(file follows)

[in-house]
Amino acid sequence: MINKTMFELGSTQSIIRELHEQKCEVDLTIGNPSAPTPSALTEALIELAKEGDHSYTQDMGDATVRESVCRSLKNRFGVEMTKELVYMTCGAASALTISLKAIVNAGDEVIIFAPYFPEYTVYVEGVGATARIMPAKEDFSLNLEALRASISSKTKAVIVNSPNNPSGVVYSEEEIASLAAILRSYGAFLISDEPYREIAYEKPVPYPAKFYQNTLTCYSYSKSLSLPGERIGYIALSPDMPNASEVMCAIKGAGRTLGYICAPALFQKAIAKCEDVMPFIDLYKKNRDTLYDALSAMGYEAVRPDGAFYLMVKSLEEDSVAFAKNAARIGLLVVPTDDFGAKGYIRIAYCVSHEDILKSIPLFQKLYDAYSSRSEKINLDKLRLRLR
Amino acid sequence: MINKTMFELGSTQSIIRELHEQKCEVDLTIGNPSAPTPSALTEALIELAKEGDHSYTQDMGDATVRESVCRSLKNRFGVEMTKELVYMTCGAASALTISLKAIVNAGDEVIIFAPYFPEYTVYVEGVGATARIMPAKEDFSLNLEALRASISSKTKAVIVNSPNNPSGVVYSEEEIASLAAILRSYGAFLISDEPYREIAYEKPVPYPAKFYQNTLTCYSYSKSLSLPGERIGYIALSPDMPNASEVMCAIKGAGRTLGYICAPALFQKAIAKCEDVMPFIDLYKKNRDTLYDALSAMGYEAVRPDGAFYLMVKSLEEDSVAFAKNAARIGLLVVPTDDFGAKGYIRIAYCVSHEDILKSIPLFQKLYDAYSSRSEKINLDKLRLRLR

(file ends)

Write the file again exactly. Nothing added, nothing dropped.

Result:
[in-house]
Amino acid sequence: MINKTMFELGSTQSIIRELHEQKCEVDLTIGNPSAPTPSALTEALIELAKEGDHSYTQDMGDATVRESVCRSLKNRFGVEMTKELVYMTCGAASALTISLKAIVNAGDEVIIFAPYFPEYTVYVEGVGATARIMPAKEDFSLNLEALRASISSKTKAVIVNSPNNPSGVVYSEEEIASLAAILRSYGAFLISDEPYREIAYEKPVPYPAKFYQNTLTCYSYSKSLSLPGERIGYIALSPDMPNASEVMCAIKGAGRTLGYICAPALFQKAIAKCEDVMPFIDLYKKNRDTLYDALSAMGYEAVRPDGAFYLMVKSLEEDSVAFAKNAARIGLLVVPTDDFGAKGYIRIAYCVSHEDILKSIPLFQKLYDAYSSRSEKINLDKLRLRLR
Amino acid sequence: MINKTMFELGSTQSIIRELHEQKCEVDLTIGNPSAPTPSALTEALIELAKEGDHSYTQDMGDATVRESVCRSLKNRFGVEMTKELVYMTCGAASALTISLKAIVNAGDEVIIFAPYFPEYTVYVEGVGATARIMPAKEDFSLNLEALRASISSKTKAVIVNSPNNPSGVVYSEEEIASLAAILRSYGAFLISDEPYREIAYEKPVPYPAKFYQNTLTCYSYSKSLSLPGERIGYIALSPDMPNASEVMCAIKGAGRTLGYICAPALFQKAIAKCEDVMPFIDLYKKNRDTLYDALSAMGYEAVRPDGAFYLMVKSLEEDSVAFAKNAARIGLLVVPTDDFGAKGYIRIAYCVSHEDILKSIPLFQKLYDAYSSRSEKINLDKLRLRLR